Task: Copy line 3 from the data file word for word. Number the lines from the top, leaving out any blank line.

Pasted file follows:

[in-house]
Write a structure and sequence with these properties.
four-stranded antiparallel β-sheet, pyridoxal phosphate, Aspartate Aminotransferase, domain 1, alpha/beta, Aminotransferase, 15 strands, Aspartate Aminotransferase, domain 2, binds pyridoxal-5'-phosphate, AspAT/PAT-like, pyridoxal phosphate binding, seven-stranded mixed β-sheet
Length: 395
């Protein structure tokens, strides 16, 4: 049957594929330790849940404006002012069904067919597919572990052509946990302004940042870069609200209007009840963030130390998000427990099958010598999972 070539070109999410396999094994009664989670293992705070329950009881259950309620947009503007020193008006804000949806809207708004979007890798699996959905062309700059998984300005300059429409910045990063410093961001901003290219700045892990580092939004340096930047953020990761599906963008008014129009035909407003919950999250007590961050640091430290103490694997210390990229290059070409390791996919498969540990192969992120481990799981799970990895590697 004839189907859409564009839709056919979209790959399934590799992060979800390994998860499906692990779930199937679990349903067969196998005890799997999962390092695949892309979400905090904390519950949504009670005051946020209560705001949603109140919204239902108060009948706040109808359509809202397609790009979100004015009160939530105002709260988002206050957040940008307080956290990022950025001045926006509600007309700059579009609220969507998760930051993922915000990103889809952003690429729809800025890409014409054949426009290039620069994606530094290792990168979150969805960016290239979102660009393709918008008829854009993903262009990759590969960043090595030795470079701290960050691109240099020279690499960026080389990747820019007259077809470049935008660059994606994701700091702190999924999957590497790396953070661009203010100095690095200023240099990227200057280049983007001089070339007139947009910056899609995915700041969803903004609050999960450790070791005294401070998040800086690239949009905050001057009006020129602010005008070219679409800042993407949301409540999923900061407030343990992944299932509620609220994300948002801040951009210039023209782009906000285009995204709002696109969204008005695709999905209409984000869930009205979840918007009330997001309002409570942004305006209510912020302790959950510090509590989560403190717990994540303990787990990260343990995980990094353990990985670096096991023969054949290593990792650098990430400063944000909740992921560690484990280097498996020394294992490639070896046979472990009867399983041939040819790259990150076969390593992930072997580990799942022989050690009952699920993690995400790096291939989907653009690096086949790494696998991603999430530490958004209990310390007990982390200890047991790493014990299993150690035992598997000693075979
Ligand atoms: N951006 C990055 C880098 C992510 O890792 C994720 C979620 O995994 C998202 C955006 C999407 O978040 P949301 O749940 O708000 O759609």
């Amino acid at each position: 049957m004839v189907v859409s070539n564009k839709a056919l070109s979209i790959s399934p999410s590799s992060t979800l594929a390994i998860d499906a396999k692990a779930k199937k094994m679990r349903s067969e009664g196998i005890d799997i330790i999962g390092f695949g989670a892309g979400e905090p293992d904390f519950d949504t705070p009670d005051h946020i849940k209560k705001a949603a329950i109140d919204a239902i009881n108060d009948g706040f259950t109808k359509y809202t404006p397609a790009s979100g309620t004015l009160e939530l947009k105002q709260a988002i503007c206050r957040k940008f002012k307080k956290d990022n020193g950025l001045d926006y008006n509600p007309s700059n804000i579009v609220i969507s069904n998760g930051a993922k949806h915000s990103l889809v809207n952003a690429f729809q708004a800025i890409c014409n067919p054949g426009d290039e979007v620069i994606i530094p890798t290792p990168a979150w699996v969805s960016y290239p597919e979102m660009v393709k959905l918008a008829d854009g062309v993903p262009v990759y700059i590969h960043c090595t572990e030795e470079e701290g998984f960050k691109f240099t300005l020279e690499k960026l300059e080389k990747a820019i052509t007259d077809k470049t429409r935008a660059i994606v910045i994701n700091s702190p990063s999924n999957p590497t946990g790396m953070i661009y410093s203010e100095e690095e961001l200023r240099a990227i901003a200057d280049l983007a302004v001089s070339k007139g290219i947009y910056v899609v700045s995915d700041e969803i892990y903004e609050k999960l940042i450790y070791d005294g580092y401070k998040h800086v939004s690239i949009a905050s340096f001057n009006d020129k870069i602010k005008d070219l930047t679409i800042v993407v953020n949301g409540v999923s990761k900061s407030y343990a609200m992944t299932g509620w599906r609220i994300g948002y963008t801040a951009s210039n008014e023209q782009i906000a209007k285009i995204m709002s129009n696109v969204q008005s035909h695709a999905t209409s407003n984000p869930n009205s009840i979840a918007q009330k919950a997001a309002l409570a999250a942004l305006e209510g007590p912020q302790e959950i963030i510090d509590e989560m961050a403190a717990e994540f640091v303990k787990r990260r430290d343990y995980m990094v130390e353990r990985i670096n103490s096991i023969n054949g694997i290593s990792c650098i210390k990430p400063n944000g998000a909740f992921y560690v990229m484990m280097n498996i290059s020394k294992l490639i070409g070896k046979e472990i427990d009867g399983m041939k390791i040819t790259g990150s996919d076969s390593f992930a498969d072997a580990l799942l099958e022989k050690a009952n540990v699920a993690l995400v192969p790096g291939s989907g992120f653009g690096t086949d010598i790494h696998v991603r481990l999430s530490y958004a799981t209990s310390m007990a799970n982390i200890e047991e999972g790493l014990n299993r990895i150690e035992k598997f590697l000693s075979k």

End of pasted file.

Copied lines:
four-stranded antiparallel β-sheet, pyridoxal phosphate, Aspartate Aminotransferase, domain 1, alpha/beta, Aminotransferase, 15 strands, Aspartate Aminotransferase, domain 2, binds pyridoxal-5'-phosphate, AspAT/PAT-like, pyridoxal phosphate binding, seven-stranded mixed β-sheet